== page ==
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Taking migrants would do more damage to Poland than European Union (EU) sanctions, Interior Minister Mariusz Błaszczak has said, after fresh warnings from Brussels over the country’s refusal to welcome asylum seekers from the third world.
Reacting to the EU setting a June deadline by which Poland and Hungary must take migrants from Italy and Greece or face sanctions, the minister said “the security of Poland and the Poles is at risk” from the bloc’s relocation scheme.
“We mustn’t forget the terror attacks that have taken place in Western Europe, and how — in the bigger EU countries — these are unfortunately now a fact of life,” said the minister, pointing to demographic change as the cause.
“Remember that the now very numerous Muslim communities (in Western European countries) started out as relatively small numbers.”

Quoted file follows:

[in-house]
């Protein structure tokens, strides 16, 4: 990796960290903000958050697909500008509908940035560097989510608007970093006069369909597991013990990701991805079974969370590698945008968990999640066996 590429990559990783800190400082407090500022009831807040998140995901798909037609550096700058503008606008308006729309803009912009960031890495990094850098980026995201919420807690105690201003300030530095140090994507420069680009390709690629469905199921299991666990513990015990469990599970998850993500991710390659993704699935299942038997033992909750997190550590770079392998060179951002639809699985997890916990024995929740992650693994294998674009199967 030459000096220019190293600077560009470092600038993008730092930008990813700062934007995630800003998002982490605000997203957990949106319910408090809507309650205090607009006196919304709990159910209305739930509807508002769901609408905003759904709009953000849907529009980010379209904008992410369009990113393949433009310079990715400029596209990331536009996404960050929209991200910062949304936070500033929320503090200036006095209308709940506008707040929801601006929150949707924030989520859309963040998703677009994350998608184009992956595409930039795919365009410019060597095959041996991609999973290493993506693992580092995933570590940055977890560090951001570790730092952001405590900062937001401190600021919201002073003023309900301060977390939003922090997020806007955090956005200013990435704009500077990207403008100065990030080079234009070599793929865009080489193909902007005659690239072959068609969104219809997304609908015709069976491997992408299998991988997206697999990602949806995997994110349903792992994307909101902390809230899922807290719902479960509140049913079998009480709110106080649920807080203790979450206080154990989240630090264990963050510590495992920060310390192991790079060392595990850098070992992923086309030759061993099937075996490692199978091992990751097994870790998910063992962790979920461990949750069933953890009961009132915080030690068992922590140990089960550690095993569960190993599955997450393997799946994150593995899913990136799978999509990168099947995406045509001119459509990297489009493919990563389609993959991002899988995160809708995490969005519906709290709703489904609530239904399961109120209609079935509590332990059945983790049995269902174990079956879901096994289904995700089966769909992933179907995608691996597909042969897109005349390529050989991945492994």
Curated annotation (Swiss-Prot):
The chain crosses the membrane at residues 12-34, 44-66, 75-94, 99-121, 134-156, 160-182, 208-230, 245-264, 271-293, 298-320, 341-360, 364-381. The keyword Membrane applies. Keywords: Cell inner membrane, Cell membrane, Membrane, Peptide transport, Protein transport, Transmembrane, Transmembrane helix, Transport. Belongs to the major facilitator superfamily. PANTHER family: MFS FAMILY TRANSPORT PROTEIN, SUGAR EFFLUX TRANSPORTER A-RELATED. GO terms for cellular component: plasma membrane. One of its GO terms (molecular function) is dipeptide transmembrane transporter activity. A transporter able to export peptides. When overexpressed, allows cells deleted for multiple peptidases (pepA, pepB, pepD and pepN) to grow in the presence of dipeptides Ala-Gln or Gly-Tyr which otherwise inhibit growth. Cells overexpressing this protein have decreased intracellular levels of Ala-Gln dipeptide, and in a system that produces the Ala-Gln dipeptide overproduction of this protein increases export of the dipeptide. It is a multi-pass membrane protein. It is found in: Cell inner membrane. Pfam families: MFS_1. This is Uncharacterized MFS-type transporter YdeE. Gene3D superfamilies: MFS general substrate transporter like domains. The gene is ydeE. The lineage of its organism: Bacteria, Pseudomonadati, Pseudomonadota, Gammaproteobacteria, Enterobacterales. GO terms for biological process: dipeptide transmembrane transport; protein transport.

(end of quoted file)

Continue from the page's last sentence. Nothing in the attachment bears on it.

The EU quota scheme moving migrants from Italy and Greece — where asylum seekers from the third world arrive in droves via boat – to other nations in the bloc only exacerbates the continent’s problems with illegal migration according to Błaszczak.
“I tell my counterparts in Western Europe that the relocation strategy only intensifies [illegal migration] because traffickers get even more custom when [would-be migrants] hear people delivered to Europe are being given refuge in EU nations other than Italy and Greece.
“It also risks the lives of people who are trying to reach Europe [on boats],” he added.
On Tuesday, Brussels set a June deadline for Poland and Hungary to start admitting migrants under the EU’s quota scheme.
“I call on Poland and Hungary who have not relocated a single person… to start doing so right now,” EU Migration Commissioner Dimitris Avramopoulos told reporters.
“If no action is taken by them before the next (Commission) report in June, the Commission will not hesitate to make use of its powers under the treaties and to open infringement procedures,” he said.